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Dead weeds mixed in amongst living weeds

Glyphosate Herbicide Resistance: Causes and Management

Glyphosate resistance occurs where certain plant species develop the ability to survive exposure to glyphosate-based herbicides. This makes the herbicide less effective or entirely ineffective as a weed control method.

Glyphosate is a broad-spectrum herbicide commonly used in agricultural and landscape settings. Understanding how resistance develops and how to manage it is crucial for sustainable weed control.


How Glyphosate Resistance Occurs:

  1. Selection Pressure: Repeated or exclusive use of glyphosate over time imposes strong selection pressure on weed populations. Glyphosate-susceptible plants die, while a small proportion of naturally resistant individuals survives.
  2. Genetic Diversity: Weed populations naturally possess genetic diversity. Occasionally, some individuals may carry genetic mutations that confer resistance to glyphosate.
  3. Reproduction: Glyphosate-resistant weeds produce seeds. If these seeds inherit the resistance trait, the resistant population increases.
  4. Herbicide Application: Continued use of glyphosate on glyphosate-resistant populations further selects for resistance, as only resistant plants survive and reproduce.
  5. Cross-Pollination: Resistant and susceptible plants within the same species can cross-pollinate, transferring resistance genes to susceptible populations.
  6. Seed Dispersal: Wind, water, and human activities can disperse resistant weed seeds to new areas, increasing the spread of resistance.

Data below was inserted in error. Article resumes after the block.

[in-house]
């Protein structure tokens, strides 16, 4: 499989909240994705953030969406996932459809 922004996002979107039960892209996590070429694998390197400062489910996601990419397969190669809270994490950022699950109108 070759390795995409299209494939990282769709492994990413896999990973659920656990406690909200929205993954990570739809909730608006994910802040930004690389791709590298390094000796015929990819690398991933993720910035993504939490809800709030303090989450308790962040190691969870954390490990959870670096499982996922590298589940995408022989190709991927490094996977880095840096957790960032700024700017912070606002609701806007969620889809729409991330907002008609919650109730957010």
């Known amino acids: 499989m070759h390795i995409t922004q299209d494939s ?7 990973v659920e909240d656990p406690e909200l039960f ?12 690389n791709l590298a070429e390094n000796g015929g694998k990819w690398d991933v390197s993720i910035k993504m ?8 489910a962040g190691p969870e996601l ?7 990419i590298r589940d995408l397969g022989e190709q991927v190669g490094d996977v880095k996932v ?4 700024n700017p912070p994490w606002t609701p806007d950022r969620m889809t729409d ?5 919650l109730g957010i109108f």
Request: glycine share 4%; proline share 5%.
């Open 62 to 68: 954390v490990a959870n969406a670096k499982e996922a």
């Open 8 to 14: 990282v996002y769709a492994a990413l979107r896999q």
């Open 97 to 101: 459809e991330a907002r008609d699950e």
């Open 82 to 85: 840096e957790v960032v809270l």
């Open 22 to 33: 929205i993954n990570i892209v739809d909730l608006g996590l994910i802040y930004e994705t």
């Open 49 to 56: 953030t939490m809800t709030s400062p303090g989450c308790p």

Managing Glyphosate Resistance:

Diversify Herbicides: Rotate or mix different herbicides with distinct modes of action to reduce selection pressure on glyphosate-resistant weeds. This prevents the dominance of resistant populations.

Integrated Weed Management (IWM): Employ IWM practices to complement herbicide use. These include:

  • Mechanical control (e.g., mowing).
  • Cultural practices (e.g., crop rotation).
  • Biological control (e.g., using natural enemies of weeds)

Herbicide Timing: Apply glyphosate at the right growth stage of the weed. Young, actively growing weeds are more susceptible.

Adjuvants: Use adjuvants that enhance efficacy, ensuring better weed coverage and absorption. Shop Adjuivant Products here.

Targeted Application: Apply herbicides only to areas with confirmed weed infestations, reducing unnecessary use.

Prevent Seed Production: Implement strategies to prevent resistant weeds from producing seeds, like removing them before flowering.

Monitor Weed Populations: Regularly assess weed populations for resistance. Testing seed samples for resistance can help detect it early.

Education: Train farmers and land managers about the importance of responsible herbicide use and resistance management practices.

Herbicide Groups: Consider using herbicides from different chemical groups to reduce the risk of resistance. Glyphosate is a Group 9 herbicide; choose alternatives from different groups.

Long-Term Planning: Develop and implement long-term weed management plans that consider changing weed populations and environmental conditions.

Refer to our other article to learn about how to Maximise weed control with Pre and Post-emergent Herbicides.


Glyphosate resistance is a significant challenge in modern agriculture and land management. It results from the overuse of the active ingredient and the natural genetic diversity within weed populations.

To manage resistance effectively, an integrated approach is essential. Responsible herbicide use and proactive resistance management are critical for sustainable weed control and crop protection. Learn more about How Plants Develop Herbicide Resistance here

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